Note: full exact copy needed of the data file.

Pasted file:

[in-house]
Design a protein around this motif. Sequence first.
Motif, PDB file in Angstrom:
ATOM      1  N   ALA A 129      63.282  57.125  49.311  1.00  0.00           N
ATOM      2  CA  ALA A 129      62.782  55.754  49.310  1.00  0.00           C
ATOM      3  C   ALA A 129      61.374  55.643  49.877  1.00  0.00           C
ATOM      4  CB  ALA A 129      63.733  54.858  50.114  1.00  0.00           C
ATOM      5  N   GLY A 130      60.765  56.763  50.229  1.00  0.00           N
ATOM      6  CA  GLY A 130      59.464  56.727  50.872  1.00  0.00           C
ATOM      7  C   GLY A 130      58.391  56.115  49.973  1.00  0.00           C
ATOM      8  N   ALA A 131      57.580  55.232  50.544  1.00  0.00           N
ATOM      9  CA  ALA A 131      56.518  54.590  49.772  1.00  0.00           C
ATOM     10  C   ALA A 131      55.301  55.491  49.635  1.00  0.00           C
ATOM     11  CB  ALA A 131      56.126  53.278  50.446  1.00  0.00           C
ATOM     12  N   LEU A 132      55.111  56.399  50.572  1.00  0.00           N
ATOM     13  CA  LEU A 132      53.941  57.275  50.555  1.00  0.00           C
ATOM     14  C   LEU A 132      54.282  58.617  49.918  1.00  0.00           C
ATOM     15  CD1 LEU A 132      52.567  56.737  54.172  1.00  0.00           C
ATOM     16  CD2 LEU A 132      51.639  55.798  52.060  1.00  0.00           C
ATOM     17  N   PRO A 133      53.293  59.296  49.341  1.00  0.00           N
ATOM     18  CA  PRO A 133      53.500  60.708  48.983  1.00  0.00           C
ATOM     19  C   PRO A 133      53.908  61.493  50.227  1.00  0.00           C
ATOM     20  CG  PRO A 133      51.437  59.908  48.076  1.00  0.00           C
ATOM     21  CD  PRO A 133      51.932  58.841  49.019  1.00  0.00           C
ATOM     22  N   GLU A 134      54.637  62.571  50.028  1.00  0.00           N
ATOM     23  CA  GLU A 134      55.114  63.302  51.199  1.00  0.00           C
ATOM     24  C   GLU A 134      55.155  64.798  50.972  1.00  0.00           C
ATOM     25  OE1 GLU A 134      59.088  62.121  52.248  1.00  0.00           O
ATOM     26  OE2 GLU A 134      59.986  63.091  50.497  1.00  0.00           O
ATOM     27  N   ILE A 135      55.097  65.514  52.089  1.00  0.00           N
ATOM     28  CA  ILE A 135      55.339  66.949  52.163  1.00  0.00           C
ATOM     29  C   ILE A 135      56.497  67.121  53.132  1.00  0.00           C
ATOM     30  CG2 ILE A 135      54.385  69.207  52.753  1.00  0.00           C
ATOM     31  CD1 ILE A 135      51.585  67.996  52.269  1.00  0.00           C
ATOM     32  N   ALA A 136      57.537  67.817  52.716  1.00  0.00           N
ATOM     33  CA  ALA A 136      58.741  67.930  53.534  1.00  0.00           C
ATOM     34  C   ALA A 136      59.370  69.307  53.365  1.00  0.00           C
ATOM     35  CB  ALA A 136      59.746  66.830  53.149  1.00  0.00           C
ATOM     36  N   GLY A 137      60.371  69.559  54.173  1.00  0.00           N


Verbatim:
[in-house]
Design a protein around this motif. Sequence first.
Motif, PDB file in Angstrom:
ATOM      1  N   ALA A 129      63.282  57.125  49.311  1.00  0.00           N
ATOM      2  CA  ALA A 129      62.782  55.754  49.310  1.00  0.00           C
ATOM      3  C   ALA A 129      61.374  55.643  49.877  1.00  0.00           C
ATOM      4  CB  ALA A 129      63.733  54.858  50.114  1.00  0.00           C
ATOM      5  N   GLY A 130      60.765  56.763  50.229  1.00  0.00           N
ATOM      6  CA  GLY A 130      59.464  56.727  50.872  1.00  0.00           C
ATOM      7  C   GLY A 130      58.391  56.115  49.973  1.00  0.00           C
ATOM      8  N   ALA A 131      57.580  55.232  50.544  1.00  0.00           N
ATOM      9  CA  ALA A 131      56.518  54.590  49.772  1.00  0.00           C
ATOM     10  C   ALA A 131      55.301  55.491  49.635  1.00  0.00           C
ATOM     11  CB  ALA A 131      56.126  53.278  50.446  1.00  0.00           C
ATOM     12  N   LEU A 132      55.111  56.399  50.572  1.00  0.00           N
ATOM     13  CA  LEU A 132      53.941  57.275  50.555  1.00  0.00           C
ATOM     14  C   LEU A 132      54.282  58.617  49.918  1.00  0.00           C
ATOM     15  CD1 LEU A 132      52.567  56.737  54.172  1.00  0.00           C
ATOM     16  CD2 LEU A 132      51.639  55.798  52.060  1.00  0.00           C
ATOM     17  N   PRO A 133      53.293  59.296  49.341  1.00  0.00           N
ATOM     18  CA  PRO A 133      53.500  60.708  48.983  1.00  0.00           C
ATOM     19  C   PRO A 133      53.908  61.493  50.227  1.00  0.00           C
ATOM     20  CG  PRO A 133      51.437  59.908  48.076  1.00  0.00           C
ATOM     21  CD  PRO A 133      51.932  58.841  49.019  1.00  0.00           C
ATOM     22  N   GLU A 134      54.637  62.571  50.028  1.00  0.00           N
ATOM     23  CA  GLU A 134      55.114  63.302  51.199  1.00  0.00           C
ATOM     24  C   GLU A 134      55.155  64.798  50.972  1.00  0.00           C
ATOM     25  OE1 GLU A 134      59.088  62.121  52.248  1.00  0.00           O
ATOM     26  OE2 GLU A 134      59.986  63.091  50.497  1.00  0.00           O
ATOM     27  N   ILE A 135      55.097  65.514  52.089  1.00  0.00           N
ATOM     28  CA  ILE A 135      55.339  66.949  52.163  1.00  0.00           C
ATOM     29  C   ILE A 135      56.497  67.121  53.132  1.00  0.00           C
ATOM     30  CG2 ILE A 135      54.385  69.207  52.753  1.00  0.00           C
ATOM     31  CD1 ILE A 135      51.585  67.996  52.269  1.00  0.00           C
ATOM     32  N   ALA A 136      57.537  67.817  52.716  1.00  0.00           N
ATOM     33  CA  ALA A 136      58.741  67.930  53.534  1.00  0.00           C
ATOM     34  C   ALA A 136      59.370  69.307  53.365  1.00  0.00           C
ATOM     35  CB  ALA A 136      59.746  66.830  53.149  1.00  0.00           C
ATOM     36  N   GLY A 137      60.371  69.559  54.173  1.00  0.00           N